The major pathological conditions affecting the shoulder that are treated with use of biological applications include focal cartilage lesions and rotator cuff tears. Biological modalities that previously have been used or investigated include platelet-rich plasma (PRP), growth factors, progenitor cells, bone-marrow stimulation, autologous chon- drocyte implantation (ACI), matrix-induced ACI (MACI), and biological scaffolds.
Marrow-stimulating procedures have been reported to yield positive results when used for the treatment of focal cartilage lesions of the glenoid or humeral head. Limited data are available on the use of PRP, ACI, and MACI for the treatment of chondral lesions involving the shoulder, and therefore no conclusions can be drawn regarding the efficacy of these modalities.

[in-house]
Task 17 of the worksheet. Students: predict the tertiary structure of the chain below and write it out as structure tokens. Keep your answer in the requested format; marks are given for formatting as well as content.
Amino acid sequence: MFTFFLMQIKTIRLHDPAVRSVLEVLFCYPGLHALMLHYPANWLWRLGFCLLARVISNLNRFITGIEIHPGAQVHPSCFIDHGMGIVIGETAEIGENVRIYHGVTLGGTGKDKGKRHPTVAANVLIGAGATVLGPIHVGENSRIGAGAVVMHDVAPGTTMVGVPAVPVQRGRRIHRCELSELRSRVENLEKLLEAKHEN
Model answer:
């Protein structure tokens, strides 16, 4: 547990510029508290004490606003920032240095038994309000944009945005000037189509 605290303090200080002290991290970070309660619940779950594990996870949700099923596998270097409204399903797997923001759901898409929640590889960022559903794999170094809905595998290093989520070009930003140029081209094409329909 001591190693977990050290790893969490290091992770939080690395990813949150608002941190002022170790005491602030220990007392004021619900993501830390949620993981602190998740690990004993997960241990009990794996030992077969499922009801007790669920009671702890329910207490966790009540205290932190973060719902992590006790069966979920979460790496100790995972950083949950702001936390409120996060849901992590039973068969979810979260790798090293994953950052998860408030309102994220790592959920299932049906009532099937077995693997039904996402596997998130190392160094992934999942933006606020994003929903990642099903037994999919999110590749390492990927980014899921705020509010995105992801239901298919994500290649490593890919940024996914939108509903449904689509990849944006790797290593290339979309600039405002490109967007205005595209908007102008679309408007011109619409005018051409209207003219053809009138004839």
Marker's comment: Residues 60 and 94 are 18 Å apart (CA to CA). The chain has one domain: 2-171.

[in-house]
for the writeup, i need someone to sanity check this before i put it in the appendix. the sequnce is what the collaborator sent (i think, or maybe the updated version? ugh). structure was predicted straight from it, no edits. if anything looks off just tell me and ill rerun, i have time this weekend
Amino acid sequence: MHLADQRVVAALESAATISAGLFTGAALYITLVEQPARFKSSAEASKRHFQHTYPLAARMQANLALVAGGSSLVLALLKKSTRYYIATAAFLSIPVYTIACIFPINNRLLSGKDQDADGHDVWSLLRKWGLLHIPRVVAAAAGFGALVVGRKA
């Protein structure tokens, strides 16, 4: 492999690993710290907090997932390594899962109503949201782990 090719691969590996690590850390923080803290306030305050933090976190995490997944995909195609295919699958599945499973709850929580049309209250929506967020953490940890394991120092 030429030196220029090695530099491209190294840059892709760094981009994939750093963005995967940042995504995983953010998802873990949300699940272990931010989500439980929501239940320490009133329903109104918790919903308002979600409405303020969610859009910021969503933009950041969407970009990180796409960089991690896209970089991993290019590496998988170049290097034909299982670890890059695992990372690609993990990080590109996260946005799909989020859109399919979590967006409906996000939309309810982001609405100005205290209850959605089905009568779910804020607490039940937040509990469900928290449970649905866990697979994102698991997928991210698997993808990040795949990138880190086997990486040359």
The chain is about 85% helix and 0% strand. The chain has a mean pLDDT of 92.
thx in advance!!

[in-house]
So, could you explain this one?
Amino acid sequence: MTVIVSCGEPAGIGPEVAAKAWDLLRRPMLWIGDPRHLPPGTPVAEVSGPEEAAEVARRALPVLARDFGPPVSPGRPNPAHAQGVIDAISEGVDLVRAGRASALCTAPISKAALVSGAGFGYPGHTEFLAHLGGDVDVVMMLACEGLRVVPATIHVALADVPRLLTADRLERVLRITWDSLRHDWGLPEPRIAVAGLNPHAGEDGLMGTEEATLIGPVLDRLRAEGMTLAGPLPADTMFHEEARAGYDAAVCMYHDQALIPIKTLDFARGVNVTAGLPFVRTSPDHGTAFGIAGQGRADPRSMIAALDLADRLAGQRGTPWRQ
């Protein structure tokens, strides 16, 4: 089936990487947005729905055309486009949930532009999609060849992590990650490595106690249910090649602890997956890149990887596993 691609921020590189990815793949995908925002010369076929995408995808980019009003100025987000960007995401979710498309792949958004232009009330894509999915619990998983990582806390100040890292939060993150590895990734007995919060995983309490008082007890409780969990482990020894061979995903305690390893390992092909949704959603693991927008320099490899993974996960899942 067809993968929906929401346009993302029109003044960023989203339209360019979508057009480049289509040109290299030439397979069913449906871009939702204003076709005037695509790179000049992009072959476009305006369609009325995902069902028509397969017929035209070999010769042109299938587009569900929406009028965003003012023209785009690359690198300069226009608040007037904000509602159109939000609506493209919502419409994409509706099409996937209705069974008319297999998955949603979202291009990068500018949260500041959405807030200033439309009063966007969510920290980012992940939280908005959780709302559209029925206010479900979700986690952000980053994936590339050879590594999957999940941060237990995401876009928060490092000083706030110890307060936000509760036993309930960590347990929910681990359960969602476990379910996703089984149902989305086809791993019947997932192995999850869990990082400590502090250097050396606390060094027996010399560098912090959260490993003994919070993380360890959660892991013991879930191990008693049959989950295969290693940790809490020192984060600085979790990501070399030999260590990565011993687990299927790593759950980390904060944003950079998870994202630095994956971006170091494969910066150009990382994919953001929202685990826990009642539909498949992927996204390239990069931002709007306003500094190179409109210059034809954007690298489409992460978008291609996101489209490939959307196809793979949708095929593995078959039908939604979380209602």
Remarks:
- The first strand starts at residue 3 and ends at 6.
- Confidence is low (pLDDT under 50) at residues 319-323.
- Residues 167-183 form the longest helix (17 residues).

Preclinical and in vitro studies have demonstrated that modulation of growth factors may be helpful for rotator cuff tear healing; however, the optimal modulation and delivery vehicle remain to be elucidated. PRP has received much research attention; however, most studies have been hindered by study setup and conflicting results. Therefore, the use of PRP to enhance rotator cuff healing remains controversial. Progenitor cells have shown positive results in a small number of preclinical and clinical studies, but further research is needed before conclusions can be drawn.
In summary, basic-science studies investigating biological factors to enhance healing in the shoulder have shown potential. However, clinical data are still limited, contradictory, and controversial. Additional research is needed. Most importantly, robust, consistent, well- powered clinical trials are necessary to definitively determine which methods improve clinical outcomes.